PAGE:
Hague announces “judge-led” torture inquiry

How much of the inquiry will be heard in public, and does David Miliband have anything to worry abou

The Foreign Secretary, William Hague (typing that still feels strange), has said that he will order a "judge-led" inquiry into allegations that the UK's security services were complicit in torture.

This is a very positive step, and puts into practice something that both the Lib Dems and the Conservatives called for in opposition following the Binyam Mohamed case.

Essentially, the allegation is that British security services and the British government subcontracted torture -- sending UK residents and citizens abroad, where they knew they were likely to face torture, even if they did not specifically recommend it.

It is not clear yet what form the inquiry will take. Hague said only:

We will be setting out in the not-too-distant future what we are going to do about allegations that have been made into complicity in torture. We will make a full announcement that we are working on now. We want a judge-led inquiry.

A key question will be how much of the inquiry is heard in public. The high court battle to get the Foreign Office to share evidence in the Mohamed case suggest that it will primarily take place behind closed doors.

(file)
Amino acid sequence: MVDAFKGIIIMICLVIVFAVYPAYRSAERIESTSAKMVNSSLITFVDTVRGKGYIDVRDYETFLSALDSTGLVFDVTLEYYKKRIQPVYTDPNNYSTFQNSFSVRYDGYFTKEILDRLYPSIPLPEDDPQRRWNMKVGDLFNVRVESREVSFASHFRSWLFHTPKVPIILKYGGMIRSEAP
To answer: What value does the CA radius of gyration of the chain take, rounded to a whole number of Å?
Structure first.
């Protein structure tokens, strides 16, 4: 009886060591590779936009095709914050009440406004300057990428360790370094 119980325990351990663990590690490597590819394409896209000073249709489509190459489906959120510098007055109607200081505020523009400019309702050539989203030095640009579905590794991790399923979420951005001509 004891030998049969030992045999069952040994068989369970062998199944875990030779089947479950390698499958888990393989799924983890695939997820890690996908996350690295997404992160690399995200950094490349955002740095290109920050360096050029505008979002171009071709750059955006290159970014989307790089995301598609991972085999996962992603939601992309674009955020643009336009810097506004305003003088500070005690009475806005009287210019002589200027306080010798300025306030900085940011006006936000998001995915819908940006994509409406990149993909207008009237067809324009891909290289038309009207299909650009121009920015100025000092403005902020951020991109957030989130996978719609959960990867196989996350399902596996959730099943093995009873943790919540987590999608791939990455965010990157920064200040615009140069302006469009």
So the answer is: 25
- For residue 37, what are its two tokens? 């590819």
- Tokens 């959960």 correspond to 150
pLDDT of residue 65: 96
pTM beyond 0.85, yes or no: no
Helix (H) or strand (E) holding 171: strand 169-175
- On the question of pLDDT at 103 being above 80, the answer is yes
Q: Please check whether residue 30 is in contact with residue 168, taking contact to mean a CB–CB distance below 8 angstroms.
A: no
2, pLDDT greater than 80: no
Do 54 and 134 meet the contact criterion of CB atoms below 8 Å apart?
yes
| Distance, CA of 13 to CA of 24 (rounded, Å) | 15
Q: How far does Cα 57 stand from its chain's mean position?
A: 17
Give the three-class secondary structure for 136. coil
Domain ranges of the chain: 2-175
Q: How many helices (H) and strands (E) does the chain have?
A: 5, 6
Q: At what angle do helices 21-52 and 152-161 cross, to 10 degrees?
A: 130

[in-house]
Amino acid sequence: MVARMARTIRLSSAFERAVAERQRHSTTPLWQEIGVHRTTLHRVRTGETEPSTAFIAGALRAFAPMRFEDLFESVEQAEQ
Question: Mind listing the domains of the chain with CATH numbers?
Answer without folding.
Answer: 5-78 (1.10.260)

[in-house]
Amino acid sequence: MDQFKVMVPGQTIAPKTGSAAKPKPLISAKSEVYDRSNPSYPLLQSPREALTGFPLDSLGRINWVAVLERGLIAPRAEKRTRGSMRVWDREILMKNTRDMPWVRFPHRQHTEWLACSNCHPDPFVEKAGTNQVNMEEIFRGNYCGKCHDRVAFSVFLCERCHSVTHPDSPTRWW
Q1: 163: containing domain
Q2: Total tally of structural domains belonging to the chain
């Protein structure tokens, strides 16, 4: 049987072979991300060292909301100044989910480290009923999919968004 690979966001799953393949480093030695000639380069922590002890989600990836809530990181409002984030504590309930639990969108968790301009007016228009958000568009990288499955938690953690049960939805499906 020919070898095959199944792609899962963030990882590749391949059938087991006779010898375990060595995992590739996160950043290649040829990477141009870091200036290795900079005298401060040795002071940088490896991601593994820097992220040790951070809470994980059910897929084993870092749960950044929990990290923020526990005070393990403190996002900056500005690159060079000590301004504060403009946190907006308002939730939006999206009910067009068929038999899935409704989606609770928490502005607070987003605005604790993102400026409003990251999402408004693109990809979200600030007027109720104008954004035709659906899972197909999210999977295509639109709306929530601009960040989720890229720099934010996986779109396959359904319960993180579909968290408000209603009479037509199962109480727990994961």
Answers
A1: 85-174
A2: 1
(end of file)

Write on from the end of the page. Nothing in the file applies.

While the new government will be keen to avoid the accusation of a whitewash in this attempt to demonstrate a break with the past, there will be a strong national interest defence for keeping key details private. The secret services are not shy about employing this.

Writing in the Guardian, Ian Cobain is hopeful, noting that:

It is expected to expose not only details of the activities of the security and intelligence officials alleged to have colluded in torture since 9/11, but also the identities of the senior figures in government who authorised those activities.

While the first senior figure that springs to mind is, of course, Tony Blair, there are others with more at stake. What about David Miliband? Any responsible inquiry will have to ask what he -- and the then home secretary, Alan Johnson -- knew about the practice of rendition established in the Blair/Bush era, and whether they did anything about it.

Today, Johnson declared his withdrawal from frontbench politics. Miliband, currently the front-runner for the Labour leadership, has rather more at stake. When it comes to the murky area of torture and rendition, he certainly does not want to be tarred as the heir to Blair.

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Samira Shackle is a freelance journalist, who tweets @samirashackle. She was formerly a staff writer for the New Statesman.

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Theresa May's U-Turn may have just traded one problem for another

The problems of the policy have been moved, not eradicated. 

That didn’t take long. Theresa May has U-Turned on her plan to make people personally liable for the costs of social care until they have just £100,000 worth of assets, including property, left.